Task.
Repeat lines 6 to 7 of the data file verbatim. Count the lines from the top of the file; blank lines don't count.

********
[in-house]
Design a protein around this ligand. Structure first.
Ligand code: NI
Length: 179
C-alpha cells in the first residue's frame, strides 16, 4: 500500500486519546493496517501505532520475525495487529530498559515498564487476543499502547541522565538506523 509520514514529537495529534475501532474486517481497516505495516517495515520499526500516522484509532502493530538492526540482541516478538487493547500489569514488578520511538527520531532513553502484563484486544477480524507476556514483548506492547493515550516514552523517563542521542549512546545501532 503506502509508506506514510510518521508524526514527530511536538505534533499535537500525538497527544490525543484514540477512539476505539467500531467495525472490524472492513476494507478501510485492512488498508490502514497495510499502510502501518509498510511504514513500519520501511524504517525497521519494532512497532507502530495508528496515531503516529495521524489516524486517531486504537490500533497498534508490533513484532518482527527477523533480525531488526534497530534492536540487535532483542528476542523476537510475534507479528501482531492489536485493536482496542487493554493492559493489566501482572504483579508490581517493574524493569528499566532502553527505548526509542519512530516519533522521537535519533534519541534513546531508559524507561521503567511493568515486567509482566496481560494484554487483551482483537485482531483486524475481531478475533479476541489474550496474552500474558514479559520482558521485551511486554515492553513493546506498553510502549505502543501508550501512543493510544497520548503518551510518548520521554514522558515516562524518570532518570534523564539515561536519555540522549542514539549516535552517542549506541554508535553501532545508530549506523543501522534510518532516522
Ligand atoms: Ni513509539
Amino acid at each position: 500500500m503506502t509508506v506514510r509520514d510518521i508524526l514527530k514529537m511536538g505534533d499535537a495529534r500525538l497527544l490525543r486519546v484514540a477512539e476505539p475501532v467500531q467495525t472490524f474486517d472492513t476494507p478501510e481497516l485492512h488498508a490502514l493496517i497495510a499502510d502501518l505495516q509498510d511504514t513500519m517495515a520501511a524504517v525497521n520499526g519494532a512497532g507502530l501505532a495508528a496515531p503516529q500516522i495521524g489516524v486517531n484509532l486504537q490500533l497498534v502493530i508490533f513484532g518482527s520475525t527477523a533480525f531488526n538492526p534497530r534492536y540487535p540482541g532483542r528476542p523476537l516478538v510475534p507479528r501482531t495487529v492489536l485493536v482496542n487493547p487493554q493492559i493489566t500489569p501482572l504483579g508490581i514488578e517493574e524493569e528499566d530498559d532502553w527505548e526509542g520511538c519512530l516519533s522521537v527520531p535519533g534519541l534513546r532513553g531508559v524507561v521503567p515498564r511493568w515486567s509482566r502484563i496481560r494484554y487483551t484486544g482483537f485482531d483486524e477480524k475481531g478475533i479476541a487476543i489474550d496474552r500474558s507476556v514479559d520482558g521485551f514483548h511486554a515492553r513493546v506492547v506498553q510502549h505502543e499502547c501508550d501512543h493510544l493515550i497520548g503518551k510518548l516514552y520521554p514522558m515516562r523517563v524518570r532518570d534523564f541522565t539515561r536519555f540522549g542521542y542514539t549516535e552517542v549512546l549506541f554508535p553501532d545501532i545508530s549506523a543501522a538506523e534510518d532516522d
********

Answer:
Ligand atoms: Ni513509539
Amino acid at each position: 500500500m503506502t509508506v506514510r509520514d510518521i508524526l514527530k514529537m511536538g505534533d499535537a495529534r500525538l497527544l490525543r486519546v484514540a477512539e476505539p475501532v467500531q467495525t472490524f474486517d472492513t476494507p478501510e481497516l485492512h488498508a490502514l493496517i497495510a499502510d502501518l505495516q509498510d511504514t513500519m517495515a520501511a524504517v525497521n520499526g519494532a512497532g507502530l501505532a495508528a496515531p503516529q500516522i495521524g489516524v486517531n484509532l486504537q490500533l497498534v502493530i508490533f513484532g518482527s520475525t527477523a533480525f531488526n538492526p534497530r534492536y540487535p540482541g532483542r528476542p523476537l516478538v510475534p507479528r501482531t495487529v492489536l485493536v482496542n487493547p487493554q493492559i493489566t500489569p501482572l504483579g508490581i514488578e517493574e524493569e528499566d530498559d532502553w527505548e526509542g520511538c519512530l516519533s522521537v527520531p535519533g534519541l534513546r532513553g531508559v524507561v521503567p515498564r511493568w515486567s509482566r502484563i496481560r494484554y487483551t484486544g482483537f485482531d483486524e477480524k475481531g478475533i479476541a487476543i489474550d496474552r500474558s507476556v514479559d520482558g521485551f514483548h511486554a515492553r513493546v506492547v506498553q510502549h505502543e499502547c501508550d501512543h493510544l493515550i497520548g503518551k510518548l516514552y520521554p514522558m515516562r523517563v524518570r532518570d534523564f541522565t539515561r536519555f540522549g542521542y542514539t549516535e552517542v549512546l549506541f554508535p553501532d545501532i545508530s549506523a543501522a538506523e534510518d532516522d